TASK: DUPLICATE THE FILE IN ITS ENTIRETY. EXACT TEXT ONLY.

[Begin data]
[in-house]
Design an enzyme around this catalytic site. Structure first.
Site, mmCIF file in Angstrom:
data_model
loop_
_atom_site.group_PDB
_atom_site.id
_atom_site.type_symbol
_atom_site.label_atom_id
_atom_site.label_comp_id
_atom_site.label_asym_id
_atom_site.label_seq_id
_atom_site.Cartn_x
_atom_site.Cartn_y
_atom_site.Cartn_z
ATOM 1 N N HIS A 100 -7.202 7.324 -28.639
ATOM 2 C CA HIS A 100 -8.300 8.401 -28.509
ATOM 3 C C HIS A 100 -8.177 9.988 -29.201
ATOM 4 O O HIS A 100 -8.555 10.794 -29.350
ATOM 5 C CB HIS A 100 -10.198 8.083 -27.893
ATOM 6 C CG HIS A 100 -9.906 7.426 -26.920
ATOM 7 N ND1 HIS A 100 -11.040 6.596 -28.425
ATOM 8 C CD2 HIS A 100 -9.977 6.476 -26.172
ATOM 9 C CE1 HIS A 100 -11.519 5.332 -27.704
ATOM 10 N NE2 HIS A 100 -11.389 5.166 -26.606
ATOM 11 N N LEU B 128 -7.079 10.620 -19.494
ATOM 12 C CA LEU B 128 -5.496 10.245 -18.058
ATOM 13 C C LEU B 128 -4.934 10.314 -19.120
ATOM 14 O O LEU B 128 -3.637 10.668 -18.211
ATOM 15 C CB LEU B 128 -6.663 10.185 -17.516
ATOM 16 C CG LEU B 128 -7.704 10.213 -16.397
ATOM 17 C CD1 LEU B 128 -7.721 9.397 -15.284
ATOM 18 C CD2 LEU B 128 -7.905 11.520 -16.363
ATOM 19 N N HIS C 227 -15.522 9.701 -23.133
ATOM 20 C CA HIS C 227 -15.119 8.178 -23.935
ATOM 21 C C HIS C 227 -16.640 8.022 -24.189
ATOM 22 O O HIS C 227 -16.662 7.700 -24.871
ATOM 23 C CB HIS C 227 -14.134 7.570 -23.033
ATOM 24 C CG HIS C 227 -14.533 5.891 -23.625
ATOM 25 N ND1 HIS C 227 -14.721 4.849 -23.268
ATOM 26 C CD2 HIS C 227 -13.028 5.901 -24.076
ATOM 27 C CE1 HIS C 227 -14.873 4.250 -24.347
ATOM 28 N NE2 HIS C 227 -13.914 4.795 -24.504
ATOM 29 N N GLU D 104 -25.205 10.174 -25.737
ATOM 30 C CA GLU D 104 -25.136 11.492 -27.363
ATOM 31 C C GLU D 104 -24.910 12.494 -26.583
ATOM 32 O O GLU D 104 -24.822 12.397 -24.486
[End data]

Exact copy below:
[in-house]
Design an enzyme around this catalytic site. Structure first.
Site, mmCIF file in Angstrom:
data_model
loop_
_atom_site.group_PDB
_atom_site.id
_atom_site.type_symbol
_atom_site.label_atom_id
_atom_site.label_comp_id
_atom_site.label_asym_id
_atom_site.label_seq_id
_atom_site.Cartn_x
_atom_site.Cartn_y
_atom_site.Cartn_z
ATOM 1 N N HIS A 100 -7.202 7.324 -28.639
ATOM 2 C CA HIS A 100 -8.300 8.401 -28.509
ATOM 3 C C HIS A 100 -8.177 9.988 -29.201
ATOM 4 O O HIS A 100 -8.555 10.794 -29.350
ATOM 5 C CB HIS A 100 -10.198 8.083 -27.893
ATOM 6 C CG HIS A 100 -9.906 7.426 -26.920
ATOM 7 N ND1 HIS A 100 -11.040 6.596 -28.425
ATOM 8 C CD2 HIS A 100 -9.977 6.476 -26.172
ATOM 9 C CE1 HIS A 100 -11.519 5.332 -27.704
ATOM 10 N NE2 HIS A 100 -11.389 5.166 -26.606
ATOM 11 N N LEU B 128 -7.079 10.620 -19.494
ATOM 12 C CA LEU B 128 -5.496 10.245 -18.058
ATOM 13 C C LEU B 128 -4.934 10.314 -19.120
ATOM 14 O O LEU B 128 -3.637 10.668 -18.211
ATOM 15 C CB LEU B 128 -6.663 10.185 -17.516
ATOM 16 C CG LEU B 128 -7.704 10.213 -16.397
ATOM 17 C CD1 LEU B 128 -7.721 9.397 -15.284
ATOM 18 C CD2 LEU B 128 -7.905 11.520 -16.363
ATOM 19 N N HIS C 227 -15.522 9.701 -23.133
ATOM 20 C CA HIS C 227 -15.119 8.178 -23.935
ATOM 21 C C HIS C 227 -16.640 8.022 -24.189
ATOM 22 O O HIS C 227 -16.662 7.700 -24.871
ATOM 23 C CB HIS C 227 -14.134 7.570 -23.033
ATOM 24 C CG HIS C 227 -14.533 5.891 -23.625
ATOM 25 N ND1 HIS C 227 -14.721 4.849 -23.268
ATOM 26 C CD2 HIS C 227 -13.028 5.901 -24.076
ATOM 27 C CE1 HIS C 227 -14.873 4.250 -24.347
ATOM 28 N NE2 HIS C 227 -13.914 4.795 -24.504
ATOM 29 N N GLU D 104 -25.205 10.174 -25.737
ATOM 30 C CA GLU D 104 -25.136 11.492 -27.363
ATOM 31 C C GLU D 104 -24.910 12.494 -26.583
ATOM 32 O O GLU D 104 -24.822 12.397 -24.486